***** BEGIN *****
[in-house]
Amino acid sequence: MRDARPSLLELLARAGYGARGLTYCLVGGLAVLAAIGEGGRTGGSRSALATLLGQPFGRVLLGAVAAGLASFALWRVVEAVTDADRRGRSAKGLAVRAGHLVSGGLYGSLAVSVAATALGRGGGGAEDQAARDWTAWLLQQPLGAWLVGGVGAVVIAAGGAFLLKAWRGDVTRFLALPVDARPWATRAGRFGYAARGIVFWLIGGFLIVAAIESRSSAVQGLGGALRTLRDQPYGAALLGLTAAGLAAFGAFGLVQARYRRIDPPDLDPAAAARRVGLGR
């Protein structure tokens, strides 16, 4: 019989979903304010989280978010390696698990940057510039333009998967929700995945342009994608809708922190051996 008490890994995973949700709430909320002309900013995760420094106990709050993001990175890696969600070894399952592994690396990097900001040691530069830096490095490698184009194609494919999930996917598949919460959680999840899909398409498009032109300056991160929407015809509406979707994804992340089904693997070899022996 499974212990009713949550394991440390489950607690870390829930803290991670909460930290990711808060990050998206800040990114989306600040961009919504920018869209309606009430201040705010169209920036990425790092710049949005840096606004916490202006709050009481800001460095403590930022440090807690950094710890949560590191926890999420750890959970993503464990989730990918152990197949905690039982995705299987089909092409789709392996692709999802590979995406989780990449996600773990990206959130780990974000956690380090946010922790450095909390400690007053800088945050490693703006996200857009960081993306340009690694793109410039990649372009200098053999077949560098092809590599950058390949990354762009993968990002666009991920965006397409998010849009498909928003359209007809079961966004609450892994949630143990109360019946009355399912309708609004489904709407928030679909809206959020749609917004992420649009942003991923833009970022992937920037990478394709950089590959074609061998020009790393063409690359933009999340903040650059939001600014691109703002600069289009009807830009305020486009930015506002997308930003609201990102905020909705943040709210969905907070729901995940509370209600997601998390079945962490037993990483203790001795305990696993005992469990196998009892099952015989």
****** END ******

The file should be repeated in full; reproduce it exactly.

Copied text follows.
[in-house]
Amino acid sequence: MRDARPSLLELLARAGYGARGLTYCLVGGLAVLAAIGEGGRTGGSRSALATLLGQPFGRVLLGAVAAGLASFALWRVVEAVTDADRRGRSAKGLAVRAGHLVSGGLYGSLAVSVAATALGRGGGGAEDQAARDWTAWLLQQPLGAWLVGGVGAVVIAAGGAFLLKAWRGDVTRFLALPVDARPWATRAGRFGYAARGIVFWLIGGFLIVAAIESRSSAVQGLGGALRTLRDQPYGAALLGLTAAGLAAFGAFGLVQARYRRIDPPDLDPAAAARRVGLGR
């Protein structure tokens, strides 16, 4: 019989979903304010989280978010390696698990940057510039333009998967929700995945342009994608809708922190051996 008490890994995973949700709430909320002309900013995760420094106990709050993001990175890696969600070894399952592994690396990097900001040691530069830096490095490698184009194609494919999930996917598949919460959680999840899909398409498009032109300056991160929407015809509406979707994804992340089904693997070899022996 499974212990009713949550394991440390489950607690870390829930803290991670909460930290990711808060990050998206800040990114989306600040961009919504920018869209309606009430201040705010169209920036990425790092710049949005840096606004916490202006709050009481800001460095403590930022440090807690950094710890949560590191926890999420750890959970993503464990989730990918152990197949905690039982995705299987089909092409789709392996692709999802590979995406989780990449996600773990990206959130780990974000956690380090946010922790450095909390400690007053800088945050490693703006996200857009960081993306340009690694793109410039990649372009200098053999077949560098092809590599950058390949990354762009993968990002666009991920965006397409998010849009498909928003359209007809079961966004609450892994949630143990109360019946009355399912309708609004489904709407928030679909809206959020749609917004992420649009942003991923833009970022992937920037990478394709950089590959074609061998020009790393063409690359933009999340903040650059939001600014691109703002600069289009009807830009305020486009930015506002997308930003609201990102905020909705943040709210969905907070729901995940509370209600997601998390079945962490037993990483203790001795305990696993005992469990196998009892099952015989």